Which parts are a kitchen knife comprised of? We will explain!
In many of our topics and articles we use specifications and terms that, to us, are quite obvious, but perhaps not to everyone. Have you completely lost track when it comes to a crop, blade and handle? Continue reading because we would love to tell you more.
The blade is the most important part of a knife. The quality of the blade determines the quality of the knife.
A: The tip: we call the end of the blade the tip;
B: Cutting edge: the cutting edge, also called the edge, is the sharpened part of the blade;
C: Spine: we call the thick, blunt top of the blade the spine.
The crop, also called the knife guard, is there to protect your hand. There are many knives with a crop that run towards the heel. Japanese knives are usually not enhanced with a crop.
D: Heel: the heel is the last part of the edge. To protect your fingers the heel often isn't sharpened.
The handle is the part of the knife you use to hold it. The handle needs to feel great in hand. This depends on the design and the materials used.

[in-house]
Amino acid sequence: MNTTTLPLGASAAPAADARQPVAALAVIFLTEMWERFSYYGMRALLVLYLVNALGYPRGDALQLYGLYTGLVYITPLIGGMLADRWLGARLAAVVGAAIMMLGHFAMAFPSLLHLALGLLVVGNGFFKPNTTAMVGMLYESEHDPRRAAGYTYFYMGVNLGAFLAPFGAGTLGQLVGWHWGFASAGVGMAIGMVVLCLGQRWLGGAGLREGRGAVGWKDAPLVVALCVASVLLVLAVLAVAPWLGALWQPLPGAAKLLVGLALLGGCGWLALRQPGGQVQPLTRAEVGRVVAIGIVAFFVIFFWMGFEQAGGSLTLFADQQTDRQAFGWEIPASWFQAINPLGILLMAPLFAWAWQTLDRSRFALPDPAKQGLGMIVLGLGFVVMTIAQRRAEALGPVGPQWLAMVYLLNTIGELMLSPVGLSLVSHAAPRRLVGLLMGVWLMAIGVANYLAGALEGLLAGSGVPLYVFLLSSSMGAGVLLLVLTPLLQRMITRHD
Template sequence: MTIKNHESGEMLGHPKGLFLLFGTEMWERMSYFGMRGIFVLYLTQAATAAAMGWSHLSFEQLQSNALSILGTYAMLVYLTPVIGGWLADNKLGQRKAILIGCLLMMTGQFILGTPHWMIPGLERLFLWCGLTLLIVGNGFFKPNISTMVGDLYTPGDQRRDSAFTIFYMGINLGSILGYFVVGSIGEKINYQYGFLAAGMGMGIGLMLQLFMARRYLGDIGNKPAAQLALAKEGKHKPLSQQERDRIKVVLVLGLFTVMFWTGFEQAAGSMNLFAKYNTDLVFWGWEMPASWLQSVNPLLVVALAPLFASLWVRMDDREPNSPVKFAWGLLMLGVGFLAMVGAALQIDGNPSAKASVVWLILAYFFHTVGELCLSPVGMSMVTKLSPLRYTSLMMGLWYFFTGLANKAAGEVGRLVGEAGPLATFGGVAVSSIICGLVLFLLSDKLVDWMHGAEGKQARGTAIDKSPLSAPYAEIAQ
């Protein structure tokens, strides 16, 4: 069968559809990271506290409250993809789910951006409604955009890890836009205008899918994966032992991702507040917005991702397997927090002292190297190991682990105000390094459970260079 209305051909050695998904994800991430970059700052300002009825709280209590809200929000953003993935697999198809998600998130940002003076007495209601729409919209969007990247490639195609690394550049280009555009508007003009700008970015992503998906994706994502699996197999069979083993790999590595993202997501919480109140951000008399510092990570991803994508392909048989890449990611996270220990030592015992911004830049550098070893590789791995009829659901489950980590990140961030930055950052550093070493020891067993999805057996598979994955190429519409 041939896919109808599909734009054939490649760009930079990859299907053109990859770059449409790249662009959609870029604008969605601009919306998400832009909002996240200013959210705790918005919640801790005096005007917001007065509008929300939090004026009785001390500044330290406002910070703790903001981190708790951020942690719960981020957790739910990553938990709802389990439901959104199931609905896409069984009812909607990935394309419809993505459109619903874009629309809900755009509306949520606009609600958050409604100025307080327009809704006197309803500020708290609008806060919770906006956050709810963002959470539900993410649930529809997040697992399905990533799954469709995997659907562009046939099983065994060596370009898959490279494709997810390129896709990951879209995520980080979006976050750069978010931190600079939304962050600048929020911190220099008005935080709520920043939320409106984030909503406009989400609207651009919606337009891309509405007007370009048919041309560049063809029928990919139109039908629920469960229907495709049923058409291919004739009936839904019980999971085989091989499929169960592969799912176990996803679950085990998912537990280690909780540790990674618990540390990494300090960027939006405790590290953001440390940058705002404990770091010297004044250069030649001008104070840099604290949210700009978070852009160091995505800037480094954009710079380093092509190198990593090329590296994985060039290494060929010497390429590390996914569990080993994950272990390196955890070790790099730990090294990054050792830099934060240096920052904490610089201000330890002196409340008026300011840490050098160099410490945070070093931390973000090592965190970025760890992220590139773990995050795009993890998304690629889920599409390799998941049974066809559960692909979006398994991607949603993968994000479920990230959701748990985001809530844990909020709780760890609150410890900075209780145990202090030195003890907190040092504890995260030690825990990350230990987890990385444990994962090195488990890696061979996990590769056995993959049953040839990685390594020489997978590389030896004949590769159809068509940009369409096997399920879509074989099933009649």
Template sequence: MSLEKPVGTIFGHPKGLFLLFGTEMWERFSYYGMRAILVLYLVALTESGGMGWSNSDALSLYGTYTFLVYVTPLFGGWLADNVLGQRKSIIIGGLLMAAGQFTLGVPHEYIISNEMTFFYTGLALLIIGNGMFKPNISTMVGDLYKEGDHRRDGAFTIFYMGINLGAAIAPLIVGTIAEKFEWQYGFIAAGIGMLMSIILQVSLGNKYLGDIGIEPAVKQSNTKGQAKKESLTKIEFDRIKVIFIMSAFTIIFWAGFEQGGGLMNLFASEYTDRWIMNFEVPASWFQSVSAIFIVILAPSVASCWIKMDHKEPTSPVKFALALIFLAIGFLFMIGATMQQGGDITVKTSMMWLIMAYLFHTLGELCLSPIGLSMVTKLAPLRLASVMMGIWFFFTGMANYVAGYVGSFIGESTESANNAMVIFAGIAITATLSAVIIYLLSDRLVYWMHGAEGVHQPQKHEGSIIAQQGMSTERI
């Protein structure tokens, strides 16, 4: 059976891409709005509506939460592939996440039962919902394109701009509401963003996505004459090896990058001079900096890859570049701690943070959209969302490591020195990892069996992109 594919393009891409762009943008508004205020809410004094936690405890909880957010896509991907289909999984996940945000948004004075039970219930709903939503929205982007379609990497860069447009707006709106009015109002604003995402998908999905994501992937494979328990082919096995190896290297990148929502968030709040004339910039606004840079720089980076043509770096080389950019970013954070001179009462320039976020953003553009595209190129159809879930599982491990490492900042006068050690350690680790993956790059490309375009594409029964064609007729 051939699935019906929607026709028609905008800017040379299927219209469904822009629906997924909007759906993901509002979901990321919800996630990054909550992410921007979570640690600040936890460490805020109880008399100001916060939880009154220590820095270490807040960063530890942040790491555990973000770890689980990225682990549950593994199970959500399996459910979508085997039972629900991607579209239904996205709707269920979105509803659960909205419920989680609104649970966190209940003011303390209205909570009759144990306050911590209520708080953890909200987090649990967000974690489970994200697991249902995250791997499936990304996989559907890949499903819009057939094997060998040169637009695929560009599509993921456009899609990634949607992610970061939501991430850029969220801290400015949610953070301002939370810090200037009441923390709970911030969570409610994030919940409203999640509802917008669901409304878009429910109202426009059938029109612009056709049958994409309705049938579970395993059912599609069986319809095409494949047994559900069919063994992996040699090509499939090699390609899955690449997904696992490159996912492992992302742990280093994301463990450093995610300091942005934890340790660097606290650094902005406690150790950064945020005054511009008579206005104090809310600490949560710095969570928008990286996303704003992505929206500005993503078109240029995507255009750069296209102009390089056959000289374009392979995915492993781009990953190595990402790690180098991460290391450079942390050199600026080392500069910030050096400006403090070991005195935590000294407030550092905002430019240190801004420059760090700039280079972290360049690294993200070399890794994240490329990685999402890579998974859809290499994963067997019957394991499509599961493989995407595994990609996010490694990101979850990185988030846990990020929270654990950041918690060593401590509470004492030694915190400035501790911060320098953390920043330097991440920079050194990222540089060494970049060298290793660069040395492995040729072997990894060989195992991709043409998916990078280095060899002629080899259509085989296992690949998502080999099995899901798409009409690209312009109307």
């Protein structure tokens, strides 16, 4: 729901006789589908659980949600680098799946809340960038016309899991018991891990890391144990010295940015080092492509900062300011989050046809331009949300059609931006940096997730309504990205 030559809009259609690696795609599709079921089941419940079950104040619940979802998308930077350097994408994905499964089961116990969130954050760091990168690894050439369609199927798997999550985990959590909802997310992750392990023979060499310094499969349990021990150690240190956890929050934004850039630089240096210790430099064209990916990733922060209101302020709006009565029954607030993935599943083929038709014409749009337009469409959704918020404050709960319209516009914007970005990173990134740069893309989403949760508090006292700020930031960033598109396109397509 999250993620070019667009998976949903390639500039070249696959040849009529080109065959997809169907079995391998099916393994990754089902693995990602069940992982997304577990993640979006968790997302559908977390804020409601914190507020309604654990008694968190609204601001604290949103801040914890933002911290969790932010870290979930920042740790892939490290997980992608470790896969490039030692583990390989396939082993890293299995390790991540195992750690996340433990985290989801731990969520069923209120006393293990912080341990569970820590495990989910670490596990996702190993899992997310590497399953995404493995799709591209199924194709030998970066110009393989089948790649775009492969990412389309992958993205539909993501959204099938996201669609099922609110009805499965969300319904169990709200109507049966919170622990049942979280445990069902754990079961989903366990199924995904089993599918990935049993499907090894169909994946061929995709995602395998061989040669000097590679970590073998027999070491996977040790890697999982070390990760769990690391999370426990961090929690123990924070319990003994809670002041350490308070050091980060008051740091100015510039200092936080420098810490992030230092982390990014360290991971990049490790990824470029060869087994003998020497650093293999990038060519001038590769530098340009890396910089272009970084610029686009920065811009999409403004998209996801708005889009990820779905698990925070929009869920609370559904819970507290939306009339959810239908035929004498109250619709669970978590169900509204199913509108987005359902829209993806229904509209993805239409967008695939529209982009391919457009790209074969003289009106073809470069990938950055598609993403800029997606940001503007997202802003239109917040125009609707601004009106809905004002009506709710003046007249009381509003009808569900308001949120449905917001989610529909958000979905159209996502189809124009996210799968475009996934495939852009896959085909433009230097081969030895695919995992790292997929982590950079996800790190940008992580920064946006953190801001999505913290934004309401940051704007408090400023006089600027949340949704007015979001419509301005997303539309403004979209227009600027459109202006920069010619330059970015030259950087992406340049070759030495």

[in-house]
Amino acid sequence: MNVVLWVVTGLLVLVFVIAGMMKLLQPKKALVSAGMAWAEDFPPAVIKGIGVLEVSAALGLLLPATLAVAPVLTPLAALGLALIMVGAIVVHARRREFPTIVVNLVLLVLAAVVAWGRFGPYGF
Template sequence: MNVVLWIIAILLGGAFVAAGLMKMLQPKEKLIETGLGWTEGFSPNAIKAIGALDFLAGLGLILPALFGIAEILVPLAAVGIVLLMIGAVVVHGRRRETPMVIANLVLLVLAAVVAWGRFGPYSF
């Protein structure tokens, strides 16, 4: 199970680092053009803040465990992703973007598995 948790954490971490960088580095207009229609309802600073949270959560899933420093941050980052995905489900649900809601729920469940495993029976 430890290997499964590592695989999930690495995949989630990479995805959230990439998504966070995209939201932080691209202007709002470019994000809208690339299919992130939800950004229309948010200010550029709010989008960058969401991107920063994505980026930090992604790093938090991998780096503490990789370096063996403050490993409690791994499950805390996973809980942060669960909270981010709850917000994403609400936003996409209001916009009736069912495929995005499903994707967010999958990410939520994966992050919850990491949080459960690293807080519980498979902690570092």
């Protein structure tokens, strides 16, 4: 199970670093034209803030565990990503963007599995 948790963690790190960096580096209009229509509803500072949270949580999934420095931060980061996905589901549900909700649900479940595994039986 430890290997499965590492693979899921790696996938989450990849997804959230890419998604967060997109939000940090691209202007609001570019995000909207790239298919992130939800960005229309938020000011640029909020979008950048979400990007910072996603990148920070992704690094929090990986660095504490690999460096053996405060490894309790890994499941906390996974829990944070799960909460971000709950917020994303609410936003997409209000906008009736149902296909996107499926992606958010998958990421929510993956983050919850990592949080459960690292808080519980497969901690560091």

E. Rivets: some handles are secured with rivets for a classic look and feel. The rivets keep the two parts of the handle together;
F. Pommel: the pommel is the final part of the handle. The pommel takes care of the balance. If a knife is enhanced with a heavy blade the pommel is often made from metal to counterbalance the weight of the blade.
The tang is the elongated part of the blade where the handle, the crop and the pommel are mounted on. That is when the tang runs all the way to the pommel. It leaves you with a solid construction because there is no wiggle room between the blade and the handle. Check out all kitchen knives.